Heavy rains the previous day and night have been filling the lagoons along the coast to capacity, and several breakthroughs have spilled the coffee-colored waters out to sea. The nutrient-rich waters, along with the fish nurseries, turtles, and the occasional crocodile have flushed to sea, sculpting deep pockets of the amber waters along the coast upstream from each breakthrough.
Today was turning into a brilliant day. Blue skies speckled with white clouds lie before me as I motor along the laterite track, heading for Mike’s Bay with the intention of placing a camera trap at a location discovered last week with Dave Chippendale, whose car was gratefully borrowed to me during Dave and Ruth’s adventure in Ethiopia. Turning onto the sand track, I engaged the 4WD for traction in the rutted and partly submerged trail across the savanna. Several kilometers ahead I could see the strip of coastal forest and was soon presented with three sand tracks from which to choose. Not quite remembering the turn at this point, I chose the middle track which eventually brought me to Jardin des Elephants, a beautiful patch of palm forest diffusing the harsh sun and tempering the breezes from the sea. Understandable why many of our neighbors spend weekends camping at this secluded location. A quick walk to the beach to get my bearings: Point Pedras shimmered on the coastline two kilometers downstream, and Mikes Bay trailhead maybe a kilometer up.
Aubry’s softshell turtle plods along the beach after being flushed out of a lagoon in a breakthrough.
A breakthrough was in progress a few hundred meters this side of Point Pedras, piquing my curiosity for a closer look. Remembering the option of a third track, I returned to vehicle and entered the coastal forest between Jardin des Elephants and Point Pedras, another beautiful access to beach about 500 meters from the breakthrough.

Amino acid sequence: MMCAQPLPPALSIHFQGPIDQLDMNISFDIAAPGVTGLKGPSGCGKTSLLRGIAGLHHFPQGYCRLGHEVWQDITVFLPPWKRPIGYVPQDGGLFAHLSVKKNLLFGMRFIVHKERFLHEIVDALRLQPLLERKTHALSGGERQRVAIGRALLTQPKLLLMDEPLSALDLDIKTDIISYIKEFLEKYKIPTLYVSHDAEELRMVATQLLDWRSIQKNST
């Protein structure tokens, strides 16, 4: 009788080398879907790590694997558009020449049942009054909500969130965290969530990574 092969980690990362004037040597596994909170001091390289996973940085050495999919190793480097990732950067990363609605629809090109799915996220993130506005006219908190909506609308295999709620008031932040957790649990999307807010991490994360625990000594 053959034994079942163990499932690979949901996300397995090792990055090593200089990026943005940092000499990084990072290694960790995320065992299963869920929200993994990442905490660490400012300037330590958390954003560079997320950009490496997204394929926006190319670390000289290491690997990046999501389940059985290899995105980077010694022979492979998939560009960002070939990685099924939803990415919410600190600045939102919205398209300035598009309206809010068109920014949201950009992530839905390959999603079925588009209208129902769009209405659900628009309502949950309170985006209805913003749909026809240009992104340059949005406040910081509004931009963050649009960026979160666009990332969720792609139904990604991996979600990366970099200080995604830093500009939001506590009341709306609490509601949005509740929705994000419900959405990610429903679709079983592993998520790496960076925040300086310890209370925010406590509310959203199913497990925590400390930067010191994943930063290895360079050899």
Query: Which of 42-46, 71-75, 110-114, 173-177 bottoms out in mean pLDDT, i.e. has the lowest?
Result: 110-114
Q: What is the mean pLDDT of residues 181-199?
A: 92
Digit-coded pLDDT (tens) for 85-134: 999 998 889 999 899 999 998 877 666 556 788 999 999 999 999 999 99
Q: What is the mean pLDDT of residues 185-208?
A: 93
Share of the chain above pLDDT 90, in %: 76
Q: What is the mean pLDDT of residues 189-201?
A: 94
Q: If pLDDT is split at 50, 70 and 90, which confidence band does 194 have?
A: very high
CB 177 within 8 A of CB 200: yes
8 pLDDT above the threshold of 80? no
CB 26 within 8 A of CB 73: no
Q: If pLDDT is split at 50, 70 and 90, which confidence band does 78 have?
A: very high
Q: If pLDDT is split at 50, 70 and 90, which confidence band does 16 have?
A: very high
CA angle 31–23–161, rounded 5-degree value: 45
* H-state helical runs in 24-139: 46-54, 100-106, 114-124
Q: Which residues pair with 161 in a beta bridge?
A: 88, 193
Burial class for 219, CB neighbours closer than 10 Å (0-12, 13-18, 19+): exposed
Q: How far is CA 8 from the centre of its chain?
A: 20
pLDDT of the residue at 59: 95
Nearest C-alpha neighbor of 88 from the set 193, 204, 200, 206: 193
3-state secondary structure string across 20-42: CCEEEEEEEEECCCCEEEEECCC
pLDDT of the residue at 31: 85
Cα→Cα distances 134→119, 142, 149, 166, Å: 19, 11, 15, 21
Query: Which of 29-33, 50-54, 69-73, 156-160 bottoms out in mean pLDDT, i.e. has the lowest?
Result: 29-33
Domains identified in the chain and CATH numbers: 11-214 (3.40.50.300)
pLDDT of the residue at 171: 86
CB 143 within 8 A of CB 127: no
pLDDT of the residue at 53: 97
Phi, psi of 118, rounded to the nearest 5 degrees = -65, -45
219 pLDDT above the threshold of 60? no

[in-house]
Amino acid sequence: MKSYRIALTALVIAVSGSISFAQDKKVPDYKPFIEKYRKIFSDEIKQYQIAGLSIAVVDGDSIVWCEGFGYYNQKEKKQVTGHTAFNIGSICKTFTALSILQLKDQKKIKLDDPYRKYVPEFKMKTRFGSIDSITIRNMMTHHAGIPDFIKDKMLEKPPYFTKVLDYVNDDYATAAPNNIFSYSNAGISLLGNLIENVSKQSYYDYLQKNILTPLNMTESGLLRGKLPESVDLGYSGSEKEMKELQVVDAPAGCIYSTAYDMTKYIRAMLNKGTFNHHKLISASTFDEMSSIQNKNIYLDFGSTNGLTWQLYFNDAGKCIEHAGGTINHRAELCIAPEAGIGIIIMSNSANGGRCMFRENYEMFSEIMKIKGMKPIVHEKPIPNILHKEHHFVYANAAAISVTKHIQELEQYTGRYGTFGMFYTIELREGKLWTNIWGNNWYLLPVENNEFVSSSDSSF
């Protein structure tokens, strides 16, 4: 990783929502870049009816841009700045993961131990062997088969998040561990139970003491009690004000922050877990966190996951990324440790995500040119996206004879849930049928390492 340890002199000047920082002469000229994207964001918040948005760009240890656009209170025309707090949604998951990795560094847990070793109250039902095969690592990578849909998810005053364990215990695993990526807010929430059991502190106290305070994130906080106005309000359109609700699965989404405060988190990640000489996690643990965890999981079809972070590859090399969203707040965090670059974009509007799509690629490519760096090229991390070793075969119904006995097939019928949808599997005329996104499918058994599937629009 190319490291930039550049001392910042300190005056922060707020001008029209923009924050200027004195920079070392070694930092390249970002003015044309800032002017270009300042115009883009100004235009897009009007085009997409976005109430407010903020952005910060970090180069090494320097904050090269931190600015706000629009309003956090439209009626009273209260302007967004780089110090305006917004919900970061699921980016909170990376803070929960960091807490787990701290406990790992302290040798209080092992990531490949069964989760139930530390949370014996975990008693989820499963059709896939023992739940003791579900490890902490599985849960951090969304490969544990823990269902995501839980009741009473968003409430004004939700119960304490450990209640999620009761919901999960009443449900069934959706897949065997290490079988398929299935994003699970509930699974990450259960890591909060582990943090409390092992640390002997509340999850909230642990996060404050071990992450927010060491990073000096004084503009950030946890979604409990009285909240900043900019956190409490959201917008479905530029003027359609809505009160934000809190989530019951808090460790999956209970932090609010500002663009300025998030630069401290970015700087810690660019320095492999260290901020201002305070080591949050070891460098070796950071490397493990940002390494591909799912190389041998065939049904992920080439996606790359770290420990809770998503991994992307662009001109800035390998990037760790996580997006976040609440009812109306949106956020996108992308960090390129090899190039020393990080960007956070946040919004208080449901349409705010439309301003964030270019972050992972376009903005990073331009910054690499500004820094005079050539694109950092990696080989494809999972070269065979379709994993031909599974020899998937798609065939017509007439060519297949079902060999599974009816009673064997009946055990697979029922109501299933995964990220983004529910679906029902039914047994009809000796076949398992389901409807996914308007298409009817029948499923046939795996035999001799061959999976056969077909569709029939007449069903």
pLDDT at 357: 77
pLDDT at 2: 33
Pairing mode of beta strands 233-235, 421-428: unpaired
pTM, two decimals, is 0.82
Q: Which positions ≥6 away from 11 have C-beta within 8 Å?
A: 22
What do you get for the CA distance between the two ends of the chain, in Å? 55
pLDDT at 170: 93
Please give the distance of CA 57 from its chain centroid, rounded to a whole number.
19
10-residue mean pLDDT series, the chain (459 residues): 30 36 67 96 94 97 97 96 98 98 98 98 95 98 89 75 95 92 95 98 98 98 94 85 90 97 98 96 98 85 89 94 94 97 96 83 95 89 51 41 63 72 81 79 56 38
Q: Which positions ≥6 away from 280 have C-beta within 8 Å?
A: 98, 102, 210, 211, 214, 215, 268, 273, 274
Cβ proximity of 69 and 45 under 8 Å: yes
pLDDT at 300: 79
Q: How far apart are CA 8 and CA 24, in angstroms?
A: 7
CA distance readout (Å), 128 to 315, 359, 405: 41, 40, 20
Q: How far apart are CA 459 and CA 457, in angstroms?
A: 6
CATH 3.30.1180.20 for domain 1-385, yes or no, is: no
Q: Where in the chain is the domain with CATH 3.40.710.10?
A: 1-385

12 kilos of Carpe Rouge from Mike’s Bay, along the coast of the Atlantic Ocean
There was a smell of methane in the air. Probably the lagoon waters, thick with leaves and other decaying vegetation churning at thousands of gallons per minute into the sea, was releasing the vapors into the ocean breeze. I cast a popper into the frothing rapids, but this was hopeless as it traveled too quickly for any fish to recognize. The pools in the ocean upstream were a much better proposition and I found a constricted underwater pass where I could throw a baited hook with lead-weight across the pool to the sea-side, hoping to entice fish patrolling the edges of the pools. As it was midday and hot, I didn’t have much hope of action. I was watching a softshell turtle trudging lazily along the surf when I noticed my line moving with the prevailing current. Thinking I had hooked into a rolling sunken log, I began retrieving line, then saw the line reverse direction. With no tension on the line, this mystery left me puzzled. Deciding to reel in my bait and try again, I continued my retrieve, finally connecting with a surprise tug on the line, then nothing. Evidently, the fish was approaching into the deep water pool just out from the beach, requiring that I reel in quickly to take in the slack as it approached. Finally the fish realized there was a problem and began running back out to sea, stripping off 30 meters of line at a run. This it did four, maybe five times, as I cranked the fish into the surf between runs, only to have it bolt again when it reached sand. After 15 minutes of back and forth struggles, the fish was finally close enough to the beach that I could pull it into a breaking wave, and as the wave receded, the fish was left in the sand. It was an enormous carpe rouge, a beautiful orange and green predator fish usually found lurking in the darkwater brackish pools along the coast. Weighing in at more than 12 kilos, it was indeed large but will grow much larger. It was an ordeal to schlep this fish back to the car, and I decided to place the camera trap another day, when I didn’t have a cargo of fresh fish.